As I said the EQ is cool but can be confusing to use. This is more rockbox fault than the clips. The EQ sounds well.
Your features will depend on Rockbox so remember this review is told from Rockbox entirely on the clip.
Gapless playback works well if setup correctly – your mileage will vary.
It has FM Radio… and a voice recorder. Both sound nice but the voice recorder is only Mono and meh. I don’t really use these features anyway.
Awkward Navigation:
I like the clip because I find it more reliable to use than my computer sometimes for shows. But at the same time this introduces a new sense of awkwardness that Im fighting with… Turning the device on while it’s playing can be confusing. Ill go to navigate the menu or queue a song up but end up accidentally pausing or skipping the song. This is terrible when Im trying to use it for a live even so its gotten to the point where I just don’t use it for that anymore. The lack of buttons make it hard to navigate sometimes but you can make due.
Pretty good. Lasts several hours but I often find myself charging it after some use. It doesn’t charge very fast but its not worth being upset over. I am not a fan of the USB port as it’s the old style Mini USB in our world of Mico USB.
Alright this is where the clip shines. Ive abused this thing so much, Ive thrown it , sat on it, cracked the case, and kicked it a lot. My friend even pretended to eat it once and put it all up in his mouth (gross) – he’s just that edgy dude. None of this has phased it.
BUT what has phased the clip is plugging headphones in and out. I noticed that I would loose sound on one side or both if I moved – the headphone jack was falling apart and the contacts were all bent out of shape. I cracked the clip open and re-soldered the jack on and all was well. Apparently this is quite common amongst clip owners. The problem returned and I soon realized the jack was toast as the plastic was broken and I couldn’t fix it. I had to solder my own cord on or buy a new clip. I bought a new one at this point.
The clip plus is a solid companion MP3 player. It sounds better than most devices and I often find myself bragging about how cheap and cool it is. IT CAN PLAY DOOM! But for your more advance headphones you might find it lacking. I also desire more features at times and better hardware. But again… Its $30.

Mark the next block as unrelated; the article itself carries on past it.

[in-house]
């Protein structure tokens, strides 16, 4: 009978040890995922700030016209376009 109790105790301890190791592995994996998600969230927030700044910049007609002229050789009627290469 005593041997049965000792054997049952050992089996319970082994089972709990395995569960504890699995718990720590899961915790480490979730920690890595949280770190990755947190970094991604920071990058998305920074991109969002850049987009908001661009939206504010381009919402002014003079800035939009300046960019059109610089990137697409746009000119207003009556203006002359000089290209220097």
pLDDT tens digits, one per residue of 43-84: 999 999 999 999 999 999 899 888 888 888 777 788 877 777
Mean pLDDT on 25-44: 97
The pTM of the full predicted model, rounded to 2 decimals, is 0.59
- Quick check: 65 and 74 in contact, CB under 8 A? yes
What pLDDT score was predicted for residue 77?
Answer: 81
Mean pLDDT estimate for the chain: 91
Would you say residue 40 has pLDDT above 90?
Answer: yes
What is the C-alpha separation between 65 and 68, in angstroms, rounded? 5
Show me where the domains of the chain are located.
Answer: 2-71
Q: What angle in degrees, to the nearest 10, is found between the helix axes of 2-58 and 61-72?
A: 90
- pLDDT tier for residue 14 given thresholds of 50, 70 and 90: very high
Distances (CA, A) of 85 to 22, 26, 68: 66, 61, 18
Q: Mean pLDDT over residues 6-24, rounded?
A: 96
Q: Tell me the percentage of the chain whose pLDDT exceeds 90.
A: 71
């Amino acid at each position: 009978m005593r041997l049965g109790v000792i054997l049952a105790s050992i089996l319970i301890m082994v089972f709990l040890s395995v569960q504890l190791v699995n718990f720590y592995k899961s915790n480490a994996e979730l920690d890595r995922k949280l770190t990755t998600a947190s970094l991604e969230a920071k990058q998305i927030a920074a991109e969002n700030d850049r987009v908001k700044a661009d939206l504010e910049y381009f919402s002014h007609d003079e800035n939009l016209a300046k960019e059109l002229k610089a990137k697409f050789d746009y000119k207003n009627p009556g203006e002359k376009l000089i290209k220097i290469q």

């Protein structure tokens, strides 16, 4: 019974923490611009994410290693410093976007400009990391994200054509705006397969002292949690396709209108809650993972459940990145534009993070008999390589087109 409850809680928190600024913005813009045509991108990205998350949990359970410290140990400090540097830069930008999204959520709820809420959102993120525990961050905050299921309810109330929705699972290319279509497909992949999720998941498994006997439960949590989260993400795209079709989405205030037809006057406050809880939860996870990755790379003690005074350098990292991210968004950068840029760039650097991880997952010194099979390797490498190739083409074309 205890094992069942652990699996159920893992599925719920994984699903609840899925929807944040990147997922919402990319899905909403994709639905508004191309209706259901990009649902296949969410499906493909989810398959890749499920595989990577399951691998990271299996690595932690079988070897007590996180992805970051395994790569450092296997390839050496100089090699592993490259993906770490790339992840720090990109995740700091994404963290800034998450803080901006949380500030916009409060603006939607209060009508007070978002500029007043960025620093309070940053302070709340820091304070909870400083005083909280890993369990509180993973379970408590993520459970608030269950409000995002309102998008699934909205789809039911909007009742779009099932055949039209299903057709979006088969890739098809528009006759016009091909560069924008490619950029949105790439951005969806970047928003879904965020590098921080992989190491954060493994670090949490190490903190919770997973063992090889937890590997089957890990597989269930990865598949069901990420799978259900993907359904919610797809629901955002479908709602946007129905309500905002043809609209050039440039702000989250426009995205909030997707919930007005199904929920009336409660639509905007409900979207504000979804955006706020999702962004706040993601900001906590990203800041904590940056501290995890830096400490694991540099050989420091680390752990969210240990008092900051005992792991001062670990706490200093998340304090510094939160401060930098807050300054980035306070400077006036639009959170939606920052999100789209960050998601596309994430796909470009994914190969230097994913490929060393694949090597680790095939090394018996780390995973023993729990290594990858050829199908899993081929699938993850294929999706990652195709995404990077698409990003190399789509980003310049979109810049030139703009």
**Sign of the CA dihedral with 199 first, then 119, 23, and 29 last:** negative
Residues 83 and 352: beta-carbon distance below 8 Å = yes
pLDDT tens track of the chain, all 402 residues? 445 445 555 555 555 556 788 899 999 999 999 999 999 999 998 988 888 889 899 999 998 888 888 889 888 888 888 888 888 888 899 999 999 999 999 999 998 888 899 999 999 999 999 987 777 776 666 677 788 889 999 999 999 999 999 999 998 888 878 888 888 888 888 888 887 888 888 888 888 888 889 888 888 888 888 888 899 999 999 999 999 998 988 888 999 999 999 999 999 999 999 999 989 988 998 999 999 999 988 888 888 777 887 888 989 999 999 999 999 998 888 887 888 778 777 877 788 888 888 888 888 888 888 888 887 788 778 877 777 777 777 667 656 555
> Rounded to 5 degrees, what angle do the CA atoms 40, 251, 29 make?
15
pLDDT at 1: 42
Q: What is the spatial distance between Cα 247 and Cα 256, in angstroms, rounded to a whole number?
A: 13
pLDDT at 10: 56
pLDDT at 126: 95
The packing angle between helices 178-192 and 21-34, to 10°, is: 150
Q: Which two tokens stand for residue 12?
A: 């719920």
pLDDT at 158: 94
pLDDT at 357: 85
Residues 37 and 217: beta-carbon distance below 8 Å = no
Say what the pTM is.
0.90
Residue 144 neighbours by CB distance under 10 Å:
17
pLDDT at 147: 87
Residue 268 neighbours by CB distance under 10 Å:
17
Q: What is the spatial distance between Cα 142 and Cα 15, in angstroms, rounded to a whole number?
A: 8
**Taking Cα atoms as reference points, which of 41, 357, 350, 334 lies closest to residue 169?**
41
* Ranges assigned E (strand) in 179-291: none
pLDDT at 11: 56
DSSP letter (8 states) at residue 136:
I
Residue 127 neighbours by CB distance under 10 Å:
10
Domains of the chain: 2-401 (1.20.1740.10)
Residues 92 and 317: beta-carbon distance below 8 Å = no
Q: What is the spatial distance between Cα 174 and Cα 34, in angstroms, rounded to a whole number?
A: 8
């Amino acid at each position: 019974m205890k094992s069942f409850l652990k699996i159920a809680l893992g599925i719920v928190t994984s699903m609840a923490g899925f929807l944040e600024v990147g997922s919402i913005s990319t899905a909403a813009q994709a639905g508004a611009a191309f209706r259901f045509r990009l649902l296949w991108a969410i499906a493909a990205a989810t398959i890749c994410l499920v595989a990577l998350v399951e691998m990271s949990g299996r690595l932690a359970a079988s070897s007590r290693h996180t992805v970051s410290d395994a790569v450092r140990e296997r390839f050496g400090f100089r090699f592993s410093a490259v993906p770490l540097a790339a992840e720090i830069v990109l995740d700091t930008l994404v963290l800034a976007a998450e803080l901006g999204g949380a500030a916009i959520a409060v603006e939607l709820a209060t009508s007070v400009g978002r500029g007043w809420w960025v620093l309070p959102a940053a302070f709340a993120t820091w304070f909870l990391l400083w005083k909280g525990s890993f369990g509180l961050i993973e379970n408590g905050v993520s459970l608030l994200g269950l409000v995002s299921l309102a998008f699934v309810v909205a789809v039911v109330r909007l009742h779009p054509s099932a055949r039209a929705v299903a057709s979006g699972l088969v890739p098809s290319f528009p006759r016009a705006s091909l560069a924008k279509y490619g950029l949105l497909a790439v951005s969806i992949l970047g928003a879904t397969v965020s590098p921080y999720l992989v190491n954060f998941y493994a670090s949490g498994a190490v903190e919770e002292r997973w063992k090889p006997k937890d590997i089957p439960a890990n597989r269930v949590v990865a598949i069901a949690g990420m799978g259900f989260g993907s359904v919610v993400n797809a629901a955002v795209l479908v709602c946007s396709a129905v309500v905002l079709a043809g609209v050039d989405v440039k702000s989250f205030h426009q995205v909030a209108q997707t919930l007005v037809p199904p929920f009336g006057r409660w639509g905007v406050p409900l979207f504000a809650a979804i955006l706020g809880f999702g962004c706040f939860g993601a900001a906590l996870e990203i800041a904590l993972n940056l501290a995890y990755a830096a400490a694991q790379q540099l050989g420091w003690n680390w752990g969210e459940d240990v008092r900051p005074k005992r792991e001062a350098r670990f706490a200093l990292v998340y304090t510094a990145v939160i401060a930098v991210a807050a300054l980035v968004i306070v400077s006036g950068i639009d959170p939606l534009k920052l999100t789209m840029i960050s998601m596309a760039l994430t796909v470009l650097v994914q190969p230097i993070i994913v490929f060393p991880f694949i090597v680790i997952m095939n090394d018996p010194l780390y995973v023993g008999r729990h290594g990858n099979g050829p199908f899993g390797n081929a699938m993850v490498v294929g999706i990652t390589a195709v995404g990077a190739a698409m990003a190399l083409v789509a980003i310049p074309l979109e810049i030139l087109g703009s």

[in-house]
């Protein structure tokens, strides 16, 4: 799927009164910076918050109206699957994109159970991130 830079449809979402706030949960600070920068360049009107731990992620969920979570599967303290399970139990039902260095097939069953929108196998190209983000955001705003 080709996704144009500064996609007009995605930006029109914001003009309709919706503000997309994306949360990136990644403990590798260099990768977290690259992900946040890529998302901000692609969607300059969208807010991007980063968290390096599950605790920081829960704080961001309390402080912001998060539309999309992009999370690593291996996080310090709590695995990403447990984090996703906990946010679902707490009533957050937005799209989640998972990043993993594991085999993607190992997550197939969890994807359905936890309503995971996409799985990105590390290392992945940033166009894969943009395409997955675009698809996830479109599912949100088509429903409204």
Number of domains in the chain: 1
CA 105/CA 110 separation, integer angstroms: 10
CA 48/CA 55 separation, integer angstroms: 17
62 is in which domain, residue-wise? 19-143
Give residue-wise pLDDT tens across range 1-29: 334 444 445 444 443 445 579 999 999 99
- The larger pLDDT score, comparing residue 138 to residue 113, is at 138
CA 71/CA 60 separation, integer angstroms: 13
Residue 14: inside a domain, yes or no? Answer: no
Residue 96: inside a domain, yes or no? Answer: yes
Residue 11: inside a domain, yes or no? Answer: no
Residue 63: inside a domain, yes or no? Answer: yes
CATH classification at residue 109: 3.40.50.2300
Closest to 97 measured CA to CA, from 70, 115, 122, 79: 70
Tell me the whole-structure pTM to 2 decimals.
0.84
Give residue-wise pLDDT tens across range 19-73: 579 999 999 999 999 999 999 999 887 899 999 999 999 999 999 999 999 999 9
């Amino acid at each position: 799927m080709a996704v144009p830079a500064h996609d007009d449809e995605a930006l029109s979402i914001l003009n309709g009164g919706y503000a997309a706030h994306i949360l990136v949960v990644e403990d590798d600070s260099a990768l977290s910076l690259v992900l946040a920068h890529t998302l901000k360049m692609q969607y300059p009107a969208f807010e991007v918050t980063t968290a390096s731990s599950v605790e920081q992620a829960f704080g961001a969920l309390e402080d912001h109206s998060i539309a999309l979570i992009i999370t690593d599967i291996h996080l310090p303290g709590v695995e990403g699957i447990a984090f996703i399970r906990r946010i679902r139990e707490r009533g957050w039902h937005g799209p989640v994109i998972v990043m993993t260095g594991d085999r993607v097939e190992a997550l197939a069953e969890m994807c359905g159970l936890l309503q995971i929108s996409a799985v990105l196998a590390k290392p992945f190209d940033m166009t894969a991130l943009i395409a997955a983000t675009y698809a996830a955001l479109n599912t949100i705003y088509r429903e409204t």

The buttons and navigation can be a bit difficult. I do wish it had a click wheel or some sort of analog input but meh.
If you are rocking an old ipod or something lame I’d recommend the clip. If you crave something more crazy and advance you might want to look other places too but don’t you dare turn a blind eye to the clip. 
Nice write up. Just a few things
1) The clip zip and plus have the same internals. I currently own the clip, clip+ and clip zip. While there is something I cannot put my finger on between the clip and clip+, the zip and + sound identical to me.
2) Where you said the EQ being confusing was "rockbox's fault". While I do agree the advanced EQ could be confusing, I really appreciate the fact that they have put in the effort to include a simple EQ and a graphical EQ. So, the user can decide what works for them.
3) I didn't exactly comprehend what you meant to say in the "Awkward navigation" section.
"Turning the device on while it’s playing": Do you mean waking it from sleep? If so, you can set it so that the first click only wakes the screen.
"The lack of buttons" : What extra buttons would you like to add, discounting the size of the player. On/off, power, volume, 4 way nav, select, play/pause, next/prev, menu.
PS1: DOOM ftw! :D
PS2: Take a look at the rockbox manual. There are so many functions that remain undiscovered.
I am aware they are similar but I still just feel like the sound is a little different. I dont know why, ive spent months using the zip but then returned to the clip and have felt it being different. Maybe its a placebo or maybe it has to do with just the way the screen and CPU and such are wired, 
I always found the "Simple EQ" more difficult to use than the Graphical EQ. Although the "Bass" and "Treble" options under EQ are pretty simple. By Rockbox's fault I meant more so that this is criticism or praise of rockbox rather than the clip itself. Half way through writing the review I noticed I had spent a lot of time reviewing rockbox rather than the clip so I felt the need to point that out :p